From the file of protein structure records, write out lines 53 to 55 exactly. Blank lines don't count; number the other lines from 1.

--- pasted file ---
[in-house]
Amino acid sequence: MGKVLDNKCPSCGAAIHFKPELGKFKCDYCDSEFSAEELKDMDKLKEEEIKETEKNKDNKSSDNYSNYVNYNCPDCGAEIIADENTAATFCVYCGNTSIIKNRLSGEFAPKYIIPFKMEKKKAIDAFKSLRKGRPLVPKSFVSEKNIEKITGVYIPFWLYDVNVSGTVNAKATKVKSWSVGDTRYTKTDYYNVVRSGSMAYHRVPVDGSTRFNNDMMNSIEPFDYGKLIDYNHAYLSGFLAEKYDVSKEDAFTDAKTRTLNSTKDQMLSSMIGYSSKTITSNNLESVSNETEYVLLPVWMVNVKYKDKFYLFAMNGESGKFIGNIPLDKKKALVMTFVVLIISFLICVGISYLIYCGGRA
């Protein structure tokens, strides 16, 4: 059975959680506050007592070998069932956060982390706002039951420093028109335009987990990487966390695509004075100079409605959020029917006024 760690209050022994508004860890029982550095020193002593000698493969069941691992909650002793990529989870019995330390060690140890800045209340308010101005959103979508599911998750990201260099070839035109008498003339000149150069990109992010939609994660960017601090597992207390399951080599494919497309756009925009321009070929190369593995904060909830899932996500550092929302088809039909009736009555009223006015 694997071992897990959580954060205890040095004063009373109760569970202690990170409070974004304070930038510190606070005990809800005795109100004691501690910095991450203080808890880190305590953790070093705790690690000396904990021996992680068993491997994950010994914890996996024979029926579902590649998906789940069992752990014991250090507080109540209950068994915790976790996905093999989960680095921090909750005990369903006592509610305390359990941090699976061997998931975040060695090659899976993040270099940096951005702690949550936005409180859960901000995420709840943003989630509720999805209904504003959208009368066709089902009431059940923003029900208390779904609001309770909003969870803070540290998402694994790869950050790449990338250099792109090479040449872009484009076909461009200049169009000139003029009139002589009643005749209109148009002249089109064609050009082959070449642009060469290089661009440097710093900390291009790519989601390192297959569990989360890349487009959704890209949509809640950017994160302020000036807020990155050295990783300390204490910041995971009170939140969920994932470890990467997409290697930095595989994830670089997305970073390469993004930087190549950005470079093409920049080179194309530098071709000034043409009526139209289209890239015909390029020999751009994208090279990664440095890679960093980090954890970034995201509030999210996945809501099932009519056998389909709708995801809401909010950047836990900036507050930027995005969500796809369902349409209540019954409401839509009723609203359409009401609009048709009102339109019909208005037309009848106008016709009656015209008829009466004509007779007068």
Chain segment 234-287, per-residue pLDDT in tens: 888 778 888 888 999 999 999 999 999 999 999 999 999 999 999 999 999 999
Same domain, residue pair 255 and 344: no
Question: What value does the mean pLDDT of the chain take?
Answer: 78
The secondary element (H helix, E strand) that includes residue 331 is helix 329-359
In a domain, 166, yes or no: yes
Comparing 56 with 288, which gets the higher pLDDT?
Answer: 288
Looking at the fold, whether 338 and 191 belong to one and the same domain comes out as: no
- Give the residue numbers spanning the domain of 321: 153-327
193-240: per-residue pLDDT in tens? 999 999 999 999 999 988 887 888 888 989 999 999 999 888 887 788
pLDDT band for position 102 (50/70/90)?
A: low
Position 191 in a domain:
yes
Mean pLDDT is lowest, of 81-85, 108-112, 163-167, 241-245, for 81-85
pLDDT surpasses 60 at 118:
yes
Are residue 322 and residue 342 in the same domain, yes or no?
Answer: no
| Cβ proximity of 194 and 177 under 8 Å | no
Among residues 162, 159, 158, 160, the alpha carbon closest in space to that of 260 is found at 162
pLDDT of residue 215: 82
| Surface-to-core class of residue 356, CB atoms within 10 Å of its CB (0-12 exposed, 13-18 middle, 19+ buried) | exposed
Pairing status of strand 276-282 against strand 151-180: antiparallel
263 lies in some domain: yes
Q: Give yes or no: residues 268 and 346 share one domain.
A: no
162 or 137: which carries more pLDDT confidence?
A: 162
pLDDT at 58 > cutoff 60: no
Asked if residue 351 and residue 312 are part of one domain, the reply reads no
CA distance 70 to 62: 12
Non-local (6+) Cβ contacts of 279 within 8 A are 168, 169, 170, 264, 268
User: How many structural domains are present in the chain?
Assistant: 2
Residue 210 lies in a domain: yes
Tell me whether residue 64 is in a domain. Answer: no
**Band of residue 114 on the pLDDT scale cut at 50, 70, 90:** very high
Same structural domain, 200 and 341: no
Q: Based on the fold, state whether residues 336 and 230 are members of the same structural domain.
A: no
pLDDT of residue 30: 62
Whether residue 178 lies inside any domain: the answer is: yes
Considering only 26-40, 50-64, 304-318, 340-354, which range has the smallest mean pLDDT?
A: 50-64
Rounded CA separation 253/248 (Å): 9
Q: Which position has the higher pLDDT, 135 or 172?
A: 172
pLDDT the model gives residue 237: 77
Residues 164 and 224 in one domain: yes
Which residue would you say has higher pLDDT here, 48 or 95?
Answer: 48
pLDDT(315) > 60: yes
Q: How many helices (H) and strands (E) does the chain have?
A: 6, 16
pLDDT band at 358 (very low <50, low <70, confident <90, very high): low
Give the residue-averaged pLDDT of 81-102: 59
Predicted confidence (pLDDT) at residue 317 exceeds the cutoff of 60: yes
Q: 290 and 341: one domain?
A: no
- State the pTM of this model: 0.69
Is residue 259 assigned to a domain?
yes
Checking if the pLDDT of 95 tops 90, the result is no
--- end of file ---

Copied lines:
pLDDT the model gives residue 237: 77
Residues 164 and 224 in one domain: yes
Which residue would you say has higher pLDDT here, 48 or 95?